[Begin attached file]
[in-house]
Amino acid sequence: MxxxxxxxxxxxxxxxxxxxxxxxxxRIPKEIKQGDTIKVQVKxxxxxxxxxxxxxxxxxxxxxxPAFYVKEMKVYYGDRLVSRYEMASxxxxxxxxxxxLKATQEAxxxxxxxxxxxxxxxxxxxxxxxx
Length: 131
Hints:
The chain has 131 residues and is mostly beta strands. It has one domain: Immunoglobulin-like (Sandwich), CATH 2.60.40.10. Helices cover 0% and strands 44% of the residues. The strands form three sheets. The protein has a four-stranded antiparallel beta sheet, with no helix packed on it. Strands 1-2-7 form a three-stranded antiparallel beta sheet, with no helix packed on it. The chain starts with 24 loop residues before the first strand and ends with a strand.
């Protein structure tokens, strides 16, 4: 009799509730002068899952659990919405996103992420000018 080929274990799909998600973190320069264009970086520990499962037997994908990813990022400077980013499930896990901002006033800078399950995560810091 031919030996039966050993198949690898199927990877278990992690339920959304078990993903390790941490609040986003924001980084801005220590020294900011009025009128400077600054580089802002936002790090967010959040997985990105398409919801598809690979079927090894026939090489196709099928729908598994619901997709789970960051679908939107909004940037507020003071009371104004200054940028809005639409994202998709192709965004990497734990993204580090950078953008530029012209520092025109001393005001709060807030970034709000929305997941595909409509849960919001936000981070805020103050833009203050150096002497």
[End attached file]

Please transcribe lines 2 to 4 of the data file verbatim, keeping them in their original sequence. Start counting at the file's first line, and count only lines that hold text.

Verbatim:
Amino acid sequence: MxxxxxxxxxxxxxxxxxxxxxxxxxRIPKEIKQGDTIKVQVKxxxxxxxxxxxxxxxxxxxxxxPAFYVKEMKVYYGDRLVSRYEMASxxxxxxxxxxxLKATQEAxxxxxxxxxxxxxxxxxxxxxxxx
Length: 131
Hints: